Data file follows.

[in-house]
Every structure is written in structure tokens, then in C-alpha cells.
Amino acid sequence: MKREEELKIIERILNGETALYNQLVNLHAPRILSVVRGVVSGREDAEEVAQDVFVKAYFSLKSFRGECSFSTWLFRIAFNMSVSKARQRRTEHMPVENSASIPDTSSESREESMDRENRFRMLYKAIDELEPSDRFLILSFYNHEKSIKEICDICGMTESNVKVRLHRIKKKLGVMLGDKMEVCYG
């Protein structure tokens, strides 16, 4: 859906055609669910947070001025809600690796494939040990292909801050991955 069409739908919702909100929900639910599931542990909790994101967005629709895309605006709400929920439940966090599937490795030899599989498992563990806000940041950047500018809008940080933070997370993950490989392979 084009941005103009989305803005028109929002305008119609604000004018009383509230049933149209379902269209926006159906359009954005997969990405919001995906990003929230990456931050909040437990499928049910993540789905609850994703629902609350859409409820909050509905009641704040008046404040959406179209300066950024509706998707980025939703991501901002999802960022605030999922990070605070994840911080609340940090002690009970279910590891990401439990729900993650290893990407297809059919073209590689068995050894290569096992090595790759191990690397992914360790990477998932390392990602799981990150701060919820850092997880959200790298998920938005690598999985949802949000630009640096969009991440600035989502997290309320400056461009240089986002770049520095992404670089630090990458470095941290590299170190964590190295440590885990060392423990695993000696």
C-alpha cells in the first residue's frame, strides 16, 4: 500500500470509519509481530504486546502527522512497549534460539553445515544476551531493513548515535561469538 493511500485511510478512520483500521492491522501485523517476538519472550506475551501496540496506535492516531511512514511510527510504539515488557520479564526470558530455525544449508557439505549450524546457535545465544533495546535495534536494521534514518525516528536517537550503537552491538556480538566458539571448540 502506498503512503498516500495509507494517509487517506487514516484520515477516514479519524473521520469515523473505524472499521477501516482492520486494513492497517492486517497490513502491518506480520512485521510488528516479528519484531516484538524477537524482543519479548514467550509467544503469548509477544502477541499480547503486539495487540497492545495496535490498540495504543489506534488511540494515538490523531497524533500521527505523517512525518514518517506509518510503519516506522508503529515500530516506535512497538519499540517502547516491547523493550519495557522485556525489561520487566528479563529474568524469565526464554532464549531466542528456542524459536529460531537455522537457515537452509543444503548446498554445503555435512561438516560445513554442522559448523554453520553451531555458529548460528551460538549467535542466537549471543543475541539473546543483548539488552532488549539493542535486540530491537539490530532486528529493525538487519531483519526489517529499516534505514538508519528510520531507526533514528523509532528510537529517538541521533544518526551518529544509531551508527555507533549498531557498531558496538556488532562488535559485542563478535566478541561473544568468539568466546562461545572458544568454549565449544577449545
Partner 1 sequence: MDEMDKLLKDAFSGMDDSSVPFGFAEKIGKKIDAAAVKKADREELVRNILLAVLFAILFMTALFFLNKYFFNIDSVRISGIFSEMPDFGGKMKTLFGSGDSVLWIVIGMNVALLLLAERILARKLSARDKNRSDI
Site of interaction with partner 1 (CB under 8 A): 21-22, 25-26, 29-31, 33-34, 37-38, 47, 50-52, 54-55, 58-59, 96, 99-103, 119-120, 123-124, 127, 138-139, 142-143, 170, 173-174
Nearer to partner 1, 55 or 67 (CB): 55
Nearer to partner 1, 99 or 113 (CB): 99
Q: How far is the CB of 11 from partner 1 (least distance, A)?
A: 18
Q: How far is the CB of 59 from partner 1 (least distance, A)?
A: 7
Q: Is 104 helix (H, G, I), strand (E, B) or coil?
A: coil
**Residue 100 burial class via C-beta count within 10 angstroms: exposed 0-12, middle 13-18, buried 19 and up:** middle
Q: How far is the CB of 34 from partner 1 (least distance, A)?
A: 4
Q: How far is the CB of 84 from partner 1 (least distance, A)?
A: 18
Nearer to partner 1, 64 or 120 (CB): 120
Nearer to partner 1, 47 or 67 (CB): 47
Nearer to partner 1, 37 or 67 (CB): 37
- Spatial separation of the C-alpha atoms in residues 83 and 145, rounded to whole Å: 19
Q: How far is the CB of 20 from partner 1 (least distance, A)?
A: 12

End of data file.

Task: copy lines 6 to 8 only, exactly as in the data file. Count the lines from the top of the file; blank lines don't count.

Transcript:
Partner 1 sequence: MDEMDKLLKDAFSGMDDSSVPFGFAEKIGKKIDAAAVKKADREELVRNILLAVLFAILFMTALFFLNKYFFNIDSVRISGIFSEMPDFGGKMKTLFGSGDSVLWIVIGMNVALLLLAERILARKLSARDKNRSDI
Site of interaction with partner 1 (CB under 8 A): 21-22, 25-26, 29-31, 33-34, 37-38, 47, 50-52, 54-55, 58-59, 96, 99-103, 119-120, 123-124, 127, 138-139, 142-143, 170, 173-174
Nearer to partner 1, 55 or 67 (CB): 55